Featured in Bloomberg was featured in a Bloomberg article on how retailers are using location data sources to improve customer experience and make real estate decisions.

From Bloomberg:

", a startup that studies online conversations, collects location data for 72 categories — from “nerd culture” to “farm culture” — and helps businesses determine whether specific personality types correlate with sales. Frequent topics in the “hipster” segment, for example, include antiques, vinyl record albums and coffee.

Working with, shopping-center landlord Brixmor Property Group Inc. identified a lot of online talk about “girls night out’’ in the neighborhood of its shopping center in Newtown, Pennsylvania. So Brixmor opened a “female friendly organic concept” called Harvest Seasonal Grill instead of, say, a steak restaurant, according to Brixmor CEO Jim Taylor.

“You get a much better sense of the commuting patterns of the community that utilizes your center, and it’s oftentimes quite revelatory,” Taylor said.”

This use case represents one way that innovative property owners and operators are using Geosocial data to optimize merchandising strategies to better serve their communities and customers.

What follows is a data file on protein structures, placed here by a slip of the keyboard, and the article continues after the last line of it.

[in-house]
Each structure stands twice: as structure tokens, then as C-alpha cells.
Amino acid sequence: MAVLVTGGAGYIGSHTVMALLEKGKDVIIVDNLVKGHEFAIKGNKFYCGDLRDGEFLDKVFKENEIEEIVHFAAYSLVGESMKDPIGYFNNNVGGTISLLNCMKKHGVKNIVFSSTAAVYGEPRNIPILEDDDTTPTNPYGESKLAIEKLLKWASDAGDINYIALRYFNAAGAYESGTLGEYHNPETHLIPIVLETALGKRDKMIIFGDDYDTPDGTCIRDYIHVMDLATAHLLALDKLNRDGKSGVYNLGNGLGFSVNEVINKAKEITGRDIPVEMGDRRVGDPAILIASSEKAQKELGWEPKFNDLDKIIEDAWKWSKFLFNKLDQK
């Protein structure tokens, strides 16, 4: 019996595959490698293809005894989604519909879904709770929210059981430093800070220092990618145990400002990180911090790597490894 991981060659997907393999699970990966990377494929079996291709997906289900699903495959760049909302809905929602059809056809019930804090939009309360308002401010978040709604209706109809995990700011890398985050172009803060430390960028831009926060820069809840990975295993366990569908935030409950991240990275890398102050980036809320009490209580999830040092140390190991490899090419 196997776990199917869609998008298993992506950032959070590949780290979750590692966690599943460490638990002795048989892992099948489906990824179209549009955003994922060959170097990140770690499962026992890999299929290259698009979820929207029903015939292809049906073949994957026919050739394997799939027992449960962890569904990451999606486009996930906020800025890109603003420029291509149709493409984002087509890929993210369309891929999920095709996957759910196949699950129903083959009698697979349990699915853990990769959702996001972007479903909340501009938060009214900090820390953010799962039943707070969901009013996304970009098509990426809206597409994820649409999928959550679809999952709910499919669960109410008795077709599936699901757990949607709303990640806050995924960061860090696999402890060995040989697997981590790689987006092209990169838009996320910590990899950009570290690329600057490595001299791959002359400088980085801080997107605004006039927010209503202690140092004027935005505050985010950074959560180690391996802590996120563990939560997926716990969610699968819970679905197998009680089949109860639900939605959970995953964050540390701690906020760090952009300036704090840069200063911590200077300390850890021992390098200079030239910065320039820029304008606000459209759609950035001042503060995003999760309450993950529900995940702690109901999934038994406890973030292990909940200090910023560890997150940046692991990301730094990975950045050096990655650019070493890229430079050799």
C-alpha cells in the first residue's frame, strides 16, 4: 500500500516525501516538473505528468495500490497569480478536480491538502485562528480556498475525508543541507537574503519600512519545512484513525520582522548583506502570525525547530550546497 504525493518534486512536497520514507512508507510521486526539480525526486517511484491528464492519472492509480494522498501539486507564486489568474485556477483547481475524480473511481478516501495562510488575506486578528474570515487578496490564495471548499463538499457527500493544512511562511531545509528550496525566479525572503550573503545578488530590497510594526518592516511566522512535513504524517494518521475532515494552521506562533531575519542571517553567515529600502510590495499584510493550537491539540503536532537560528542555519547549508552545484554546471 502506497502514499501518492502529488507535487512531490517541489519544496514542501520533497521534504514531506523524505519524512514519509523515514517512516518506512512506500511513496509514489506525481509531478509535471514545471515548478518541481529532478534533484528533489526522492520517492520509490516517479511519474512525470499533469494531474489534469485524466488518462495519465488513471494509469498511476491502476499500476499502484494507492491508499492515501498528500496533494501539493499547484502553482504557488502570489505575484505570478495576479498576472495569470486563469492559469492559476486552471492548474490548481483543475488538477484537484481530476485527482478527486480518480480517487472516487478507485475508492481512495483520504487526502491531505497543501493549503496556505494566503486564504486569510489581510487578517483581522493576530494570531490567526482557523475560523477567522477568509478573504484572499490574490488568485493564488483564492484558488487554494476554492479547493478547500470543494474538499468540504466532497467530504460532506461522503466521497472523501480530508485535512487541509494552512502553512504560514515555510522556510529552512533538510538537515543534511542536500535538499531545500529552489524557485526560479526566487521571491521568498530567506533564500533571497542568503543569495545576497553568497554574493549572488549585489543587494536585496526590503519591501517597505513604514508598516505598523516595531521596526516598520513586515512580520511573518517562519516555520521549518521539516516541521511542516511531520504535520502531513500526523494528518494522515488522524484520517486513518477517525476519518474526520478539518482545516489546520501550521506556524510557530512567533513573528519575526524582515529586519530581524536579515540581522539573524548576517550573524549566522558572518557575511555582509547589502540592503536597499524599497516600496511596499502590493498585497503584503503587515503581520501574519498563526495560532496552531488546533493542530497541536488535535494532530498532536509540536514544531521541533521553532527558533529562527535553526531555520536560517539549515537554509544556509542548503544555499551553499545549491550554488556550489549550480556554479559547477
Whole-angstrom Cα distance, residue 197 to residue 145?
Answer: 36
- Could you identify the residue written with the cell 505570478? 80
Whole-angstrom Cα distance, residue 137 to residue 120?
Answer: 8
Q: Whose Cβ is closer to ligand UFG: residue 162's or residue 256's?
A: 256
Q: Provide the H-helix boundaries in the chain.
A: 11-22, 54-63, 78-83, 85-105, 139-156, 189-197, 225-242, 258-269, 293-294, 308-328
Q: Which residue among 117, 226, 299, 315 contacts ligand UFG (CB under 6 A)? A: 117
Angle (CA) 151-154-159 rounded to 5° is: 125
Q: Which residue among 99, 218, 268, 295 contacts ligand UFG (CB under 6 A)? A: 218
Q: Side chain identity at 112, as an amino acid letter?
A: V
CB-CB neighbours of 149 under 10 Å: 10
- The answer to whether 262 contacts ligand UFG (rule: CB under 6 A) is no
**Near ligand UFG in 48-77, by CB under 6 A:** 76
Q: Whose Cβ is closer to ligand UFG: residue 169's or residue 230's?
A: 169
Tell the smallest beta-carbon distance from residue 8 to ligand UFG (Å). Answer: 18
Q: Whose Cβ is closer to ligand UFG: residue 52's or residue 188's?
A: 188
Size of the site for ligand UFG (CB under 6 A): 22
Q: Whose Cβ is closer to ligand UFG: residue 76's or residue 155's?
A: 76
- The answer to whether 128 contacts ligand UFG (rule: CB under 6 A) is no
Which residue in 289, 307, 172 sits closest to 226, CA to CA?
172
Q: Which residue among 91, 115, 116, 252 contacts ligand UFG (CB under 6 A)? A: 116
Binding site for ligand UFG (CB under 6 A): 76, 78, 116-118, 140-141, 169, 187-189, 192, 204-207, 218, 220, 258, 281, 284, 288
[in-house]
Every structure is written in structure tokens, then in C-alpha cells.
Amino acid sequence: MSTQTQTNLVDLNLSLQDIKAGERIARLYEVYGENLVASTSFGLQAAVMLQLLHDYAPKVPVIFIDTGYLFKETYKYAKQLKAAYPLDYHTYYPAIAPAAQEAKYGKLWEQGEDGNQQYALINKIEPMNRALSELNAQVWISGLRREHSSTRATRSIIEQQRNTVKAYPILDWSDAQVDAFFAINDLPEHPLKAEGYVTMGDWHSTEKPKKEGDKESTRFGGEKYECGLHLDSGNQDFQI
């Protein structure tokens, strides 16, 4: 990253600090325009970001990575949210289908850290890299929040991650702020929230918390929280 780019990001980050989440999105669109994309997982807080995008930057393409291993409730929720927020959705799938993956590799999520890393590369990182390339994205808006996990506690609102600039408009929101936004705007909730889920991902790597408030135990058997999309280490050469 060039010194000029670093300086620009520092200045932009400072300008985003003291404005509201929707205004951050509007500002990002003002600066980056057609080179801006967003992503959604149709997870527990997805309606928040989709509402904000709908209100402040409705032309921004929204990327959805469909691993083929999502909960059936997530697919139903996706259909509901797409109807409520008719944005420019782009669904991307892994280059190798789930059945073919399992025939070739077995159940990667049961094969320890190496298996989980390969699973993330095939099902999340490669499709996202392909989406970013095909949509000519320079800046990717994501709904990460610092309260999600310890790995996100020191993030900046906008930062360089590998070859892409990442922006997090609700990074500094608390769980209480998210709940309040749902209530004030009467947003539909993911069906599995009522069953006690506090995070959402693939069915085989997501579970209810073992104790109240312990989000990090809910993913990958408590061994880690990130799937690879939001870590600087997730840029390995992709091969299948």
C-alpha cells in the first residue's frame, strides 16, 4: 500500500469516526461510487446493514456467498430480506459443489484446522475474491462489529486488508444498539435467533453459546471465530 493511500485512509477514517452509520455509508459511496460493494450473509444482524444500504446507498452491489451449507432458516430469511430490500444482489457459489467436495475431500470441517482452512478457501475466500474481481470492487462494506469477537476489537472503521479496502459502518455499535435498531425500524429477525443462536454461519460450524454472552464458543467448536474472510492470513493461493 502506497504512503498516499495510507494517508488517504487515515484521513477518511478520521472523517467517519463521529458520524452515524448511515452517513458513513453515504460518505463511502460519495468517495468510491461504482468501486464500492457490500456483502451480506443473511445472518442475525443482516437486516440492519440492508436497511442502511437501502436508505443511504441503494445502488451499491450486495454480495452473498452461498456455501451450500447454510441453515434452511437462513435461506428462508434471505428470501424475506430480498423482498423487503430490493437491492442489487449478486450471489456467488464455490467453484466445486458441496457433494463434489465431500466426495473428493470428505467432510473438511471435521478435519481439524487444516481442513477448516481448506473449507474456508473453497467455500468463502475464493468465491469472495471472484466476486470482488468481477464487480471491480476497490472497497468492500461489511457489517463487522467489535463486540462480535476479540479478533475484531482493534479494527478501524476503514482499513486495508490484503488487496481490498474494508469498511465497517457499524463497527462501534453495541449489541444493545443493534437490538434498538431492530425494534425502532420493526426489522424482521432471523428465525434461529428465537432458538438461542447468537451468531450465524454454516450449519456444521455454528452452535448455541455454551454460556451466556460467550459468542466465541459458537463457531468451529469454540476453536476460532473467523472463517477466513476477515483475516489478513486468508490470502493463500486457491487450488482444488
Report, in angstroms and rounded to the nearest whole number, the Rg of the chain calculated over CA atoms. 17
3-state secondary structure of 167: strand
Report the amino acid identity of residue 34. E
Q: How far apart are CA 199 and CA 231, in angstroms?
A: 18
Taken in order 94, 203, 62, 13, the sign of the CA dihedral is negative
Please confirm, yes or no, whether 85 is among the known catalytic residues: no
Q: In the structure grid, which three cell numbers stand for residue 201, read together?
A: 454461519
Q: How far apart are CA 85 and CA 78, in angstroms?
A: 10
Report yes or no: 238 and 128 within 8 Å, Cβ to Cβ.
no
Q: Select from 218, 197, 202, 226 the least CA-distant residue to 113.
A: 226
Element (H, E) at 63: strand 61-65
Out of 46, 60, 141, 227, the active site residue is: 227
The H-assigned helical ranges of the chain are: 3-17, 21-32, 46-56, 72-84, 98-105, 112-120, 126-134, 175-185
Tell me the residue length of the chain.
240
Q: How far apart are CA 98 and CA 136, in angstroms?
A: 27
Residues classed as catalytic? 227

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The article also discusses privacy questions regarding how companies gather and utilize your personal data, specifically tracking mobile device movement, which is a valid concern. Geosocial data is different from mobile movement data, and does not utilize tracking of individual users or devices. It is an aggregate summary of the characteristics of communities and neighborhoods expressed through publicly posted content.

To learn more about Geosocial data check out our The Essential Guide to Geosocial Data.

Read the original Bloomberg article here.

Lyden Foust

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